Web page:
20 May Overcome your Public Speaking Fears
Have you ever dreaded the thought of getting up in front of a group to give a speech or presentation? Statistics say that most people would rather die than give a speech; it doesn’t have to be that way. Public speaking is a road to self-confidence and even greater success in life overall. Many people think we need to have good self-esteem to be a good public speaker, but I disagree: we can use it as a tool to build our self-esteem and success!
The fear of public speaking is not about the “speaking”, it is about what we fear the speaking is going to communicate about us to the audience.
Here are 5 solutions to conquering the fear of public speaking:
- Have a Positive Mental Attitude (PMA): we cannot be successful in anything in life if we don’t believe in ourselves and have self-talk that reflects that. I always give myself a pep-talk and visualize success before I speak, train or teach.
- Know your Audience: we need to make sure that we customize our presentation to suit the audience and make sure that we do not fall into one of the 4 communication gaps: gender, generation, culture or personality type. When we trained a group of Salk Institute scientists, we made sure we had enough facts and statistics so that they believed and trusted what we said. They were not going to take things at “face value”.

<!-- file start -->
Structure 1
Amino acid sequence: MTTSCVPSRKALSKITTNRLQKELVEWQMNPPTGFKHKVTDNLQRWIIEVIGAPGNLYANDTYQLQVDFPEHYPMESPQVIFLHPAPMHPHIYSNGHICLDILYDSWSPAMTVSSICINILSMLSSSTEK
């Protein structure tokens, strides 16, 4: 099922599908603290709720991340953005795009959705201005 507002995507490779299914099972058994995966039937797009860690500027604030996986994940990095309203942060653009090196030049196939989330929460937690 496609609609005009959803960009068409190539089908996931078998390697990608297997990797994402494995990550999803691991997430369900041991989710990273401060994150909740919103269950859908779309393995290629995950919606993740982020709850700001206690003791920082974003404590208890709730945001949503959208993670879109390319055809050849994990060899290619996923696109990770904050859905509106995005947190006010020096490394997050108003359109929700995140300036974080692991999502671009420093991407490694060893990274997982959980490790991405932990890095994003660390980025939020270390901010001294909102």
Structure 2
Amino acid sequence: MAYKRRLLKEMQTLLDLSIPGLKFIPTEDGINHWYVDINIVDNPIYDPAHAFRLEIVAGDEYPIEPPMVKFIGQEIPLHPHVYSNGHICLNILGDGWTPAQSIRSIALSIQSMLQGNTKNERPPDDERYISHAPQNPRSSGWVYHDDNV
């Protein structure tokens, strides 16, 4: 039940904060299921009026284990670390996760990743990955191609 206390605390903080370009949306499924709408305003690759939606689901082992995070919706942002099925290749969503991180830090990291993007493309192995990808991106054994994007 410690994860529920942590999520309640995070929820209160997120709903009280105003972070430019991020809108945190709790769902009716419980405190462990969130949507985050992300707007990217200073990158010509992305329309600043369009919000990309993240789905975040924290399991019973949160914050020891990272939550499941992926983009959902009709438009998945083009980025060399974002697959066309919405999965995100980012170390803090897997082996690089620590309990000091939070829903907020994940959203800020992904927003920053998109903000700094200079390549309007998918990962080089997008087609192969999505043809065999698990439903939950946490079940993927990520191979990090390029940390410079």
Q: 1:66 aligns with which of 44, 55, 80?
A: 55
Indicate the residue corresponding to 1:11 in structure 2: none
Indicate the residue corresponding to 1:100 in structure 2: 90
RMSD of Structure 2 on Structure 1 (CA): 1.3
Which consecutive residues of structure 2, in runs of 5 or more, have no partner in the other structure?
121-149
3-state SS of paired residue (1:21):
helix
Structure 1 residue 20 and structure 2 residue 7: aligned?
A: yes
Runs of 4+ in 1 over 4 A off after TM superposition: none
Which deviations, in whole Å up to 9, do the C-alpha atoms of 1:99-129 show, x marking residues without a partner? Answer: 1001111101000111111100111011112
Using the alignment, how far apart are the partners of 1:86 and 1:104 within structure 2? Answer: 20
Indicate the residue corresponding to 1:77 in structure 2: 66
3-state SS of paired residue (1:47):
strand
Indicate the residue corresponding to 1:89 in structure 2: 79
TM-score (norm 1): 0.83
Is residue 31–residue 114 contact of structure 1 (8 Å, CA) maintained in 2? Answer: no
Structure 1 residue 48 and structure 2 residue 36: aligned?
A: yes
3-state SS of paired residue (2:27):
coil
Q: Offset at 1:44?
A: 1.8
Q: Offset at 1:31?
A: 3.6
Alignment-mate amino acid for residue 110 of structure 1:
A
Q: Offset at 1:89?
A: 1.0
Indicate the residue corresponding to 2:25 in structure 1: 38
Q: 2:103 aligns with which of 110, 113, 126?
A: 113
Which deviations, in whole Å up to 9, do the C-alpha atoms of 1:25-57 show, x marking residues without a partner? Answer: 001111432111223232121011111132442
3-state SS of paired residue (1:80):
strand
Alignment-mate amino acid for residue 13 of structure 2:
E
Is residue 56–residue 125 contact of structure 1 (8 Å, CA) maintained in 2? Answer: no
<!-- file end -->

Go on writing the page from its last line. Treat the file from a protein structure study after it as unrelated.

- Prepare: don’t wing it! I am amazed how many people don’t practice their presentation out loud beforehand. I usually tape myself into my phone and then play it over and over until I know I got it! Also, don’t use PowerPoint as a crutch! Death by PowerPoint almost ruined presentations for 20 years … finally things are improving. Ditch the PowerPoint if you truly want to connect with the audience.
- Let go of Perfectionism: Brene Brown is my hero when it comes to this topic. “Perfectionism is a twenty-ton shield that we lug around thinking that it will protect us, when in fact it is the thing that’s really preventing us from taking flight.” It is OK if our speech or presentation is not perfect. In fact, it could be irritating to an audience if we seem too perfect, because they will not connect with us. Your imperfection is what will make you effective!
- Be vulnerable: share something personal that is going to help you connect you to the audience. I tell some of my groups about a story when I was ditched by a guy because I didn’t have “the look that he liked” … I had to teach a class on the “Essentials of Credibility, Composure and Confidence” to a group of 100 women in Philadelphia. My confidence was a “2” that day, yet I plucked up the courage to be vulnerable and tell my story. The results were dramatic, and I had a big “aha” that day! I need to be vulnerable more often, something I am very uncomfortable with, since I was groomed to be tough, independent and self-sufficient.
Please contact me directly if you want to hear this presentation or to get coaching on public speaking.
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